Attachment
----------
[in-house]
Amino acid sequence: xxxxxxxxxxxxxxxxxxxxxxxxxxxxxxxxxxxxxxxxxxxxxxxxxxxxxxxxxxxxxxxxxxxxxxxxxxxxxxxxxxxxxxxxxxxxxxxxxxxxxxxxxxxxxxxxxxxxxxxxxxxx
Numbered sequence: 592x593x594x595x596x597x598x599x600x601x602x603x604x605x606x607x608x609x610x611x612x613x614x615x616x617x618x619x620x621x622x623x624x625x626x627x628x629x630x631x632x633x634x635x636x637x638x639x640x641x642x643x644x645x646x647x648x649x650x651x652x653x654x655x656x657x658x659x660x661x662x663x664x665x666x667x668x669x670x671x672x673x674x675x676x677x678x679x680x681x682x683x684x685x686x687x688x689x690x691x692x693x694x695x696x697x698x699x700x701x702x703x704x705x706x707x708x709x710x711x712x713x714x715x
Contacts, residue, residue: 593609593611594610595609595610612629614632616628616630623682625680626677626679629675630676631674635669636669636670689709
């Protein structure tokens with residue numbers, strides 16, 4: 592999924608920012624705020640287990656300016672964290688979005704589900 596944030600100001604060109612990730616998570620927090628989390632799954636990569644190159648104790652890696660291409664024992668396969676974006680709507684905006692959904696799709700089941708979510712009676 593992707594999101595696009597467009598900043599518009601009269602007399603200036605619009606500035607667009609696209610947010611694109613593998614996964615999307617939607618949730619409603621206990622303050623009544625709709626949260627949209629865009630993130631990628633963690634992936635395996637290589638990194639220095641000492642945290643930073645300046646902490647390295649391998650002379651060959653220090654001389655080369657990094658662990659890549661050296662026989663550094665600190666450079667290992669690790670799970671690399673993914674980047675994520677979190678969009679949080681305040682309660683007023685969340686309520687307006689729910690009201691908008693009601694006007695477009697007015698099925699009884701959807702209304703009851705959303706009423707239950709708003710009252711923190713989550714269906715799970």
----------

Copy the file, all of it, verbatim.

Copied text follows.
[in-house]
Amino acid sequence: xxxxxxxxxxxxxxxxxxxxxxxxxxxxxxxxxxxxxxxxxxxxxxxxxxxxxxxxxxxxxxxxxxxxxxxxxxxxxxxxxxxxxxxxxxxxxxxxxxxxxxxxxxxxxxxxxxxxxxxxxxxx
Numbered sequence: 592x593x594x595x596x597x598x599x600x601x602x603x604x605x606x607x608x609x610x611x612x613x614x615x616x617x618x619x620x621x622x623x624x625x626x627x628x629x630x631x632x633x634x635x636x637x638x639x640x641x642x643x644x645x646x647x648x649x650x651x652x653x654x655x656x657x658x659x660x661x662x663x664x665x666x667x668x669x670x671x672x673x674x675x676x677x678x679x680x681x682x683x684x685x686x687x688x689x690x691x692x693x694x695x696x697x698x699x700x701x702x703x704x705x706x707x708x709x710x711x712x713x714x715x
Contacts, residue, residue: 593609593611594610595609595610612629614632616628616630623682625680626677626679629675630676631674635669636669636670689709
């Protein structure tokens with residue numbers, strides 16, 4: 592999924608920012624705020640287990656300016672964290688979005704589900 596944030600100001604060109612990730616998570620927090628989390632799954636990569644190159648104790652890696660291409664024992668396969676974006680709507684905006692959904696799709700089941708979510712009676 593992707594999101595696009597467009598900043599518009601009269602007399603200036605619009606500035607667009609696209610947010611694109613593998614996964615999307617939607618949730619409603621206990622303050623009544625709709626949260627949209629865009630993130631990628633963690634992936635395996637290589638990194639220095641000492642945290643930073645300046646902490647390295649391998650002379651060959653220090654001389655080369657990094658662990659890549661050296662026989663550094665600190666450079667290992669690790670799970671690399673993914674980047675994520677979190678969009679949080681305040682309660683007023685969340686309520687307006689729910690009201691908008693009601694006007695477009697007015698099925699009884701959807702209304703009851705959303706009423707239950709708003710009252711923190713989550714269906715799970």